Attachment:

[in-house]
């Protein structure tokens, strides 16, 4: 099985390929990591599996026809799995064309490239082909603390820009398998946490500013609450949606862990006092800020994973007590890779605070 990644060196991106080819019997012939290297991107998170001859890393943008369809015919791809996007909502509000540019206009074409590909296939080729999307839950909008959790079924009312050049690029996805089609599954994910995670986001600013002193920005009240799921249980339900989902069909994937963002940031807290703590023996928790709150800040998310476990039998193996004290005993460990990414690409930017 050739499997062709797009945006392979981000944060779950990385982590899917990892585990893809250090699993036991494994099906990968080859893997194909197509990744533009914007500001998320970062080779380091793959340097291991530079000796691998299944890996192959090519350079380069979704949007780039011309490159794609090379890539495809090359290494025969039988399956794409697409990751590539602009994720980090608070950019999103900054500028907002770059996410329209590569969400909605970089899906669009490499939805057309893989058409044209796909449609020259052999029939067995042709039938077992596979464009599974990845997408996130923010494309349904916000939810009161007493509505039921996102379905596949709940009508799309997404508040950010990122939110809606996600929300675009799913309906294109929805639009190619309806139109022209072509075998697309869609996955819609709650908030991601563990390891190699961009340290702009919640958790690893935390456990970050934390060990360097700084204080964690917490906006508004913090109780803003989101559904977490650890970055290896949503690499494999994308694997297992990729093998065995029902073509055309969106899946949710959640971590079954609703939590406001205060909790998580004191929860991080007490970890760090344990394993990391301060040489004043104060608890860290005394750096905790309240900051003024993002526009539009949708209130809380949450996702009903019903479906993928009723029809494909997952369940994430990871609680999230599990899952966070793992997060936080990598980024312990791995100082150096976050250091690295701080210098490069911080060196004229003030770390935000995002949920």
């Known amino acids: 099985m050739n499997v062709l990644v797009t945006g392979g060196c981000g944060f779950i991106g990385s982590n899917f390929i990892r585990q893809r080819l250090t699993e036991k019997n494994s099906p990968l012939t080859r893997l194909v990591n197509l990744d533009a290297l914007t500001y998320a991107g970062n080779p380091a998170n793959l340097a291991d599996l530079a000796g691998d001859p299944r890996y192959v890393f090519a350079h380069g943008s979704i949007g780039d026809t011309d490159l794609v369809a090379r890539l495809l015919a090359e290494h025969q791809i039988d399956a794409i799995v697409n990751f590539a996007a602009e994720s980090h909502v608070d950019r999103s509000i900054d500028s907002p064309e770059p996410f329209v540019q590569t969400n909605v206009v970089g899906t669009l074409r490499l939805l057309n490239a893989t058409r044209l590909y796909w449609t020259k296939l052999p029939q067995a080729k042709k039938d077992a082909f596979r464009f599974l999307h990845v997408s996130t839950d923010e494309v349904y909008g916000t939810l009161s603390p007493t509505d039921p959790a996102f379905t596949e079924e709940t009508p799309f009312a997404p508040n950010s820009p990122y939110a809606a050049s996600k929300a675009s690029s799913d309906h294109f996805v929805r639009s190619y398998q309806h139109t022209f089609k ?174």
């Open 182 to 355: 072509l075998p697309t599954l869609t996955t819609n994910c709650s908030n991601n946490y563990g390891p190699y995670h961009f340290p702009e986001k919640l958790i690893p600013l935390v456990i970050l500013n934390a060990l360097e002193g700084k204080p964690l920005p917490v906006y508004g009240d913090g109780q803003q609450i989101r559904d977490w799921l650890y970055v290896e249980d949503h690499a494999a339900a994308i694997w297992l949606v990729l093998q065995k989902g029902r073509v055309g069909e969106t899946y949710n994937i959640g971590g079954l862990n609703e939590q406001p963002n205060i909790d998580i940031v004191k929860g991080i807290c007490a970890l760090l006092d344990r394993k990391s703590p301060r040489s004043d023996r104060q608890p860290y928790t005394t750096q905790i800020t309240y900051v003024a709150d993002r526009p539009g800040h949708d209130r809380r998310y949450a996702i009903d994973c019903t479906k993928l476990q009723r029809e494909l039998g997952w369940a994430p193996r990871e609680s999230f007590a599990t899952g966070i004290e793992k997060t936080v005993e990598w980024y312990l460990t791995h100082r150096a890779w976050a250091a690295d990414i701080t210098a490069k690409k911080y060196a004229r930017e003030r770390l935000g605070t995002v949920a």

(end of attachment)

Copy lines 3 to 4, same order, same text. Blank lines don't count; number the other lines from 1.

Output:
């Known amino acids: 099985m050739n499997v062709l990644v797009t945006g392979g060196c981000g944060f779950i991106g990385s982590n899917f390929i990892r585990q893809r080819l250090t699993e036991k019997n494994s099906p990968l012939t080859r893997l194909v990591n197509l990744d533009a290297l914007t500001y998320a991107g970062n080779p380091a998170n793959l340097a291991d599996l530079a000796g691998d001859p299944r890996y192959v890393f090519a350079h380069g943008s979704i949007g780039d026809t011309d490159l794609v369809a090379r890539l495809l015919a090359e290494h025969q791809i039988d399956a794409i799995v697409n990751f590539a996007a602009e994720s980090h909502v608070d950019r999103s509000i900054d500028s907002p064309e770059p996410f329209v540019q590569t969400n909605v206009v970089g899906t669009l074409r490499l939805l057309n490239a893989t058409r044209l590909y796909w449609t020259k296939l052999p029939q067995a080729k042709k039938d077992a082909f596979r464009f599974l999307h990845v997408s996130t839950d923010e494309v349904y909008g916000t939810l009161s603390p007493t509505d039921p959790a996102f379905t596949e079924e709940t009508p799309f009312a997404p508040n950010s820009p990122y939110a809606a050049s996600k929300a675009s690029s799913d309906h294109f996805v929805r639009s190619y398998q309806h139109t022209f089609k ?174």
């Open 182 to 355: 072509l075998p697309t599954l869609t996955t819609n994910c709650s908030n991601n946490y563990g390891p190699y995670h961009f340290p702009e986001k919640l958790i690893p600013l935390v456990i970050l500013n934390a060990l360097e002193g700084k204080p964690l920005p917490v906006y508004g009240d913090g109780q803003q609450i989101r559904d977490w799921l650890y970055v290896e249980d949503h690499a494999a339900a994308i694997w297992l949606v990729l093998q065995k989902g029902r073509v055309g069909e969106t899946y949710n994937i959640g971590g079954l862990n609703e939590q406001p963002n205060i909790d998580i940031v004191k929860g991080i807290c007490a970890l760090l006092d344990r394993k990391s703590p301060r040489s004043d023996r104060q608890p860290y928790t005394t750096q905790i800020t309240y900051v003024a709150d993002r526009p539009g800040h949708d209130r809380r998310y949450a996702i009903d994973c019903t479906k993928l476990q009723r029809e494909l039998g997952w369940a994430p193996r990871e609680s999230f007590a599990t899952g966070i004290e793992k997060t936080v005993e990598w980024y312990l460990t791995h100082r150096a890779w976050a250091a690295d990414i701080t210098a490069k690409k911080y060196a004229r930017e003030r770390l935000g605070t995002v949920a």